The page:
UK supermarkets have achieved a record improvement in their dealings with groceries suppliers, according to Christine Tacon’s final GCA survey.
Early analysis of suppliers’ responses to the annual groceries sector survey shows that retailer compliance with the Groceries Supply Code of Practice is at an all-time high, the adjudicator's office announced this week.
A record of nearly 1,500 direct suppliers to the 13 regulated retailers completed the survey, with just 36 per cent saying they had experienced a code-related issue at any point in the past 12 months, down from 41 per cent in 2019.
The survey period included three weeks when the sector was facing the challenge of huge increases in consumer buying of certain products as the Covid-19 emergency hit. Despite that, this year's figure is substantially down from the 79 per cent of suppliers who reported issues in the first survey in 2014.
Direct suppliers recognised improvements across every code-related issue, GCA reported. The most common issues experienced by suppliers in 2020 related to forecasting, delay in payments and delisting, though each of these is now at its lowest reported level, at 13, 12 and 12 per cent respectively.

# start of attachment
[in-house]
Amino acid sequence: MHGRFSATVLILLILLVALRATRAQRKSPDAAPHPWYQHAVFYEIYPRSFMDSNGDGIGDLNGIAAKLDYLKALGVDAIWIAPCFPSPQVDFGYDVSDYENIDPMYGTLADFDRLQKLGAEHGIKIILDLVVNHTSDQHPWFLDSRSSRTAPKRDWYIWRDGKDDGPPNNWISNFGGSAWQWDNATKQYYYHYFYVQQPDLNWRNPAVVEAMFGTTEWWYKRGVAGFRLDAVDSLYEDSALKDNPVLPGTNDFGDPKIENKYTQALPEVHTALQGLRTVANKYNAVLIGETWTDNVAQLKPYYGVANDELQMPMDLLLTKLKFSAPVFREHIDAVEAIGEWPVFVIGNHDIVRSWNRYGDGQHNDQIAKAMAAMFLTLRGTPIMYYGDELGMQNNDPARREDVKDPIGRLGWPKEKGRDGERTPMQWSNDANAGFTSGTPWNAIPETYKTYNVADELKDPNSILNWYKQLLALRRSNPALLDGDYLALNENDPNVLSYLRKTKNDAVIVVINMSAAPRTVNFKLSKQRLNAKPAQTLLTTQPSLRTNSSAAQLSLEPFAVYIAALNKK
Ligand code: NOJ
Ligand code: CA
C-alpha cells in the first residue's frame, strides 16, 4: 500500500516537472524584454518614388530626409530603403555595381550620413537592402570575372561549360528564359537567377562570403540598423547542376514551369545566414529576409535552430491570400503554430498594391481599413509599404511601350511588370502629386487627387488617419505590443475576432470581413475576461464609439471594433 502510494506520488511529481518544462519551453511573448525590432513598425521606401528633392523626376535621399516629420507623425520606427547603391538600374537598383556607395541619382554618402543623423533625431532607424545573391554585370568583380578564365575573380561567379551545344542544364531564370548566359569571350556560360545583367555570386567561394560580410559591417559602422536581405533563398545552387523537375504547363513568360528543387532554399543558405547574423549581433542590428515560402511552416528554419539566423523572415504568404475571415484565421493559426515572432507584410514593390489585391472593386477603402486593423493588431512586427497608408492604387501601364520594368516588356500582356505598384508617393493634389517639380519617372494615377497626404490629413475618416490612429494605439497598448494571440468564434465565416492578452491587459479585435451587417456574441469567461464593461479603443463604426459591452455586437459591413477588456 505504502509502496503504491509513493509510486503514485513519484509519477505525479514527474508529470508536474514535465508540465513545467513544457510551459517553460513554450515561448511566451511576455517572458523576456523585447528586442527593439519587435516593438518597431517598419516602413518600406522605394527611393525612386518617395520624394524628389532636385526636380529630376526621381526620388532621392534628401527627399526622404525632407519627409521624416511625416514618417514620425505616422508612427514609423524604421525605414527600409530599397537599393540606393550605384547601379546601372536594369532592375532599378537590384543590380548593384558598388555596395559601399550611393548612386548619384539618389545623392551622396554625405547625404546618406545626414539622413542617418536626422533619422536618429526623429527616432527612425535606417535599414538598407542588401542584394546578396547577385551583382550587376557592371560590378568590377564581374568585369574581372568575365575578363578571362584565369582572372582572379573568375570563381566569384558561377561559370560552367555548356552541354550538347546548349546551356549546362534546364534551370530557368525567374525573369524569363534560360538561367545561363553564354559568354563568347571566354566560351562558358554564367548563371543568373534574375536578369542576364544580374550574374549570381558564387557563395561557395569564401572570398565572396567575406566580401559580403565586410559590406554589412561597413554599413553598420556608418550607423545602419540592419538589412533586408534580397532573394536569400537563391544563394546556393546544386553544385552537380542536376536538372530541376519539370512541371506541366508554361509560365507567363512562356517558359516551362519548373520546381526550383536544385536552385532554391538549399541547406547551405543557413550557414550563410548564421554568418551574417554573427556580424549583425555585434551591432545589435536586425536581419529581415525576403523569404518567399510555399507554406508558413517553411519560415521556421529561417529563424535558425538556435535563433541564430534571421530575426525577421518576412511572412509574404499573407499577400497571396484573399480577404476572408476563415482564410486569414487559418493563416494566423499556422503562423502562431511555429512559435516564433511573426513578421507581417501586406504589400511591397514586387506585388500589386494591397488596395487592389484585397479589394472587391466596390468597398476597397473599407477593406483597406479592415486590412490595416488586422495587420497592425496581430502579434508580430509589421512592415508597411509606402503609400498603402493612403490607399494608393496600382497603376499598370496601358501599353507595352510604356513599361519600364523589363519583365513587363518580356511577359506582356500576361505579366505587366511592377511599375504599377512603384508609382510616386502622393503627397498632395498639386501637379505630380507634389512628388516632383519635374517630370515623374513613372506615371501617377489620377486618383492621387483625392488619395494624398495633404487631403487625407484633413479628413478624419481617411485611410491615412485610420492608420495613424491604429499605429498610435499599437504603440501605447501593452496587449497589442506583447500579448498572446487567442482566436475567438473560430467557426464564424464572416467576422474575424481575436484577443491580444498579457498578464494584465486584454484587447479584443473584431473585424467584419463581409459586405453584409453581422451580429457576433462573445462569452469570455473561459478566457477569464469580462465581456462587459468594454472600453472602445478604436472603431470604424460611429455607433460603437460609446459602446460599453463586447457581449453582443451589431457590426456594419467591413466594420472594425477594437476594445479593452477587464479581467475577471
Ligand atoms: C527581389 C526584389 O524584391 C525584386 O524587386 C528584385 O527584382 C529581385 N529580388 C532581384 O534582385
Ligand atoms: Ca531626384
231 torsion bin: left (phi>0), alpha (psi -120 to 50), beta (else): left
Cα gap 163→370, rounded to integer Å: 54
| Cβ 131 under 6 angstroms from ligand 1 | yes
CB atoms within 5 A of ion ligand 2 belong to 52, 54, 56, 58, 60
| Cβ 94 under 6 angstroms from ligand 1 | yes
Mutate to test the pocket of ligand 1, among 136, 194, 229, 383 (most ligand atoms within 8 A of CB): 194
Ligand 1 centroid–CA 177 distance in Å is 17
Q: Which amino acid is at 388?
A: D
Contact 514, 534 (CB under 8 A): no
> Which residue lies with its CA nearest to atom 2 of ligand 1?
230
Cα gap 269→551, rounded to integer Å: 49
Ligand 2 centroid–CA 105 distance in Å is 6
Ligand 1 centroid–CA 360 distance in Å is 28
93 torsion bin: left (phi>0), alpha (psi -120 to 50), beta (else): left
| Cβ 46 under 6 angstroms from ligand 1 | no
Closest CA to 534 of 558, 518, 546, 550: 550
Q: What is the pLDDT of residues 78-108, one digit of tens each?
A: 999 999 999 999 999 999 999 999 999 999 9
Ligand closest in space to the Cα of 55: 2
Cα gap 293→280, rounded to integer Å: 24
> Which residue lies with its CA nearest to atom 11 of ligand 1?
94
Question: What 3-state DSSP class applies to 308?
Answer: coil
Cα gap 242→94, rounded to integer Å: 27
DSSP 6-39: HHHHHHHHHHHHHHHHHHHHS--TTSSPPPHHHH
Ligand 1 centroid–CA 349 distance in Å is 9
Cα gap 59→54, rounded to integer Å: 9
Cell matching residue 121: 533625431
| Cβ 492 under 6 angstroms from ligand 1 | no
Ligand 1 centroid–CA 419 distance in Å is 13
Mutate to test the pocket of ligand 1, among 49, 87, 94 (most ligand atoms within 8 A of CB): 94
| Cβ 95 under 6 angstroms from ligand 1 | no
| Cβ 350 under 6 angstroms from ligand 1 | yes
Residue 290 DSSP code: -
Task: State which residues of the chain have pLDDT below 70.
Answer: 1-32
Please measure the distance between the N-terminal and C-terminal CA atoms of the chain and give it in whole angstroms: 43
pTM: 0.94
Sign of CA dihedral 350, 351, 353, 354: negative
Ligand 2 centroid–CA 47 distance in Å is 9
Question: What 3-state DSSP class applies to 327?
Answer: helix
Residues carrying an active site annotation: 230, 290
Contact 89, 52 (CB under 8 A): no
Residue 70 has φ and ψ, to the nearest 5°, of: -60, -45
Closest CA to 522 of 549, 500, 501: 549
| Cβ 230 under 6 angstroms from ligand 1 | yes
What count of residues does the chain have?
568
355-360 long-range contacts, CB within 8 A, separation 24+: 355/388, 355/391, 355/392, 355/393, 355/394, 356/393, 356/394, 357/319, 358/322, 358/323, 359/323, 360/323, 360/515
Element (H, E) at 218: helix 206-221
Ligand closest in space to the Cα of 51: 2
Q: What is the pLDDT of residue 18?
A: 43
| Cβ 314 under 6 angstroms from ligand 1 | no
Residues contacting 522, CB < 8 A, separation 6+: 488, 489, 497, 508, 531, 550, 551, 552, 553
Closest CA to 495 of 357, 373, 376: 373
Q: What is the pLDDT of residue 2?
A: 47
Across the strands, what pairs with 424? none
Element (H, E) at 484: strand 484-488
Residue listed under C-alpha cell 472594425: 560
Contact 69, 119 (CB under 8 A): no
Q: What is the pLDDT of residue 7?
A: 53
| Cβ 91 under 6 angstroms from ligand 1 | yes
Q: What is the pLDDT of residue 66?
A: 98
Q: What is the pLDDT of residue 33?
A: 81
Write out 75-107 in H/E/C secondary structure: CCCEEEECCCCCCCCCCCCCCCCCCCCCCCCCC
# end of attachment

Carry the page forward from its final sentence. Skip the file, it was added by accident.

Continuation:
In comparison, 35 per cent of suppliers reported experiencing delay in payments in 2014, 33 per cent experienced issues with forecasting and 22 per cent with delisting. The most reported issue in 2014 – forensic auditing – which 45 per cent of suppliers highlighted, is now at just 5 per cent.
Tacon said: 'This is my final survey as GCA as I will be stepping down later in 2020 after seven years in the role and it tells an extremely positive story. I am delighted to report that in a year when an additional retailer – TJ Morris – was included in the survey and the sector faced the challenge of Covid-19 my survey demonstrates that UK supermarkets continue to make substantial progress.
'The survey period included three weeks when the sector was under huge pressure but the data shows no adverse impact on compliance with the code as retailers and suppliers raced to keep supermarket shelves filled. Indeed it corroborates my own discussions with the retailers who have told me not one supplier has raised an issue with their code compliance officers or asked for an issue to be escalated. I made it clear in my position statement issued on 17 March that suppliers should not wait to raise issues with retailers.
'This is a testament to the stronger and more effective communication between retailers and suppliers which the GCA has fostered over the past seven years and which has proved so valuable during this emergency. It also demonstrates that the code has provided the flexibility retailers need to maintain a vital and efficient supply chain that is getting groceries to the consumer.'
Tacon added that the GCA is continuing to analyse the details of the survey carried out by YouGov and will publish more information, including how suppliers rank the retailers for code compliance, in the coming week.